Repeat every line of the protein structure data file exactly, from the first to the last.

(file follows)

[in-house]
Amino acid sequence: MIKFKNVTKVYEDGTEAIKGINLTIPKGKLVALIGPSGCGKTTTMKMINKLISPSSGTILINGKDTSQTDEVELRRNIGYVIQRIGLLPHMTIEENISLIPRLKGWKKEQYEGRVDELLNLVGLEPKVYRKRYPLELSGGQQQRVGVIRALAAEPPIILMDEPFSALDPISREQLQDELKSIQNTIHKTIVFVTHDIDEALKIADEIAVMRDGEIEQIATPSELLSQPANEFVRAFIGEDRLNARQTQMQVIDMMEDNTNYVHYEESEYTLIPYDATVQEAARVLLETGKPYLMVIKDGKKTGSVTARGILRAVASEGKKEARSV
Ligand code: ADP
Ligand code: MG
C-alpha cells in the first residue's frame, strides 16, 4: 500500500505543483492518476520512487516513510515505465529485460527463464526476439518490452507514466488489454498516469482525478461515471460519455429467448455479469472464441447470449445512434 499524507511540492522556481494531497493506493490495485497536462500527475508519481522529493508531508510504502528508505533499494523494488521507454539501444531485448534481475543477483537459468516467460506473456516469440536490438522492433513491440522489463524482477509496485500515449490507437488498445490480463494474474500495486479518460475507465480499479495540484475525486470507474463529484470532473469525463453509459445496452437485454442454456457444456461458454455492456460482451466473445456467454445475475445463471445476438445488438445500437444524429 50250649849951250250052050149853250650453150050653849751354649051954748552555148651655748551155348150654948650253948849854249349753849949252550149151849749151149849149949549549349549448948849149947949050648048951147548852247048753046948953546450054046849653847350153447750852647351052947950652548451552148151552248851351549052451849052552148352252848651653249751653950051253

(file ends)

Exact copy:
[in-house]
Amino acid sequence: MIKFKNVTKVYEDGTEAIKGINLTIPKGKLVALIGPSGCGKTTTMKMINKLISPSSGTILINGKDTSQTDEVELRRNIGYVIQRIGLLPHMTIEENISLIPRLKGWKKEQYEGRVDELLNLVGLEPKVYRKRYPLELSGGQQQRVGVIRALAAEPPIILMDEPFSALDPISREQLQDELKSIQNTIHKTIVFVTHDIDEALKIADEIAVMRDGEIEQIATPSELLSQPANEFVRAFIGEDRLNARQTQMQVIDMMEDNTNYVHYEESEYTLIPYDATVQEAARVLLETGKPYLMVIKDGKKTGSVTARGILRAVASEGKKEARSV
Ligand code: ADP
Ligand code: MG
C-alpha cells in the first residue's frame, strides 16, 4: 500500500505543483492518476520512487516513510515505465529485460527463464526476439518490452507514466488489454498516469482525478461515471460519455429467448455479469472464441447470449445512434 499524507511540492522556481494531497493506493490495485497536462500527475508519481522529493508531508510504502528508505533499494523494488521507454539501444531485448534481475543477483537459468516467460506473456516469440536490438522492433513491440522489463524482477509496485500515449490507437488498445490480463494474474500495486479518460475507465480499479495540484475525486470507474463529484470532473469525463453509459445496452437485454442454456457444456461458454455492456460482451466473445456467454445475475445463471445476438445488438445500437444524429 50250649849951250250052050149853250650453150050653849751354649051954748552555148651655748551155348150654948650253948849854249349753849949252550149151849749151149849149949549549349549448948849149947949050648048951147548852247048753046948953546450054046849653847350153447750852647351052947950652548451552148151552248851351549052451849052552148352252848651653249751653950051253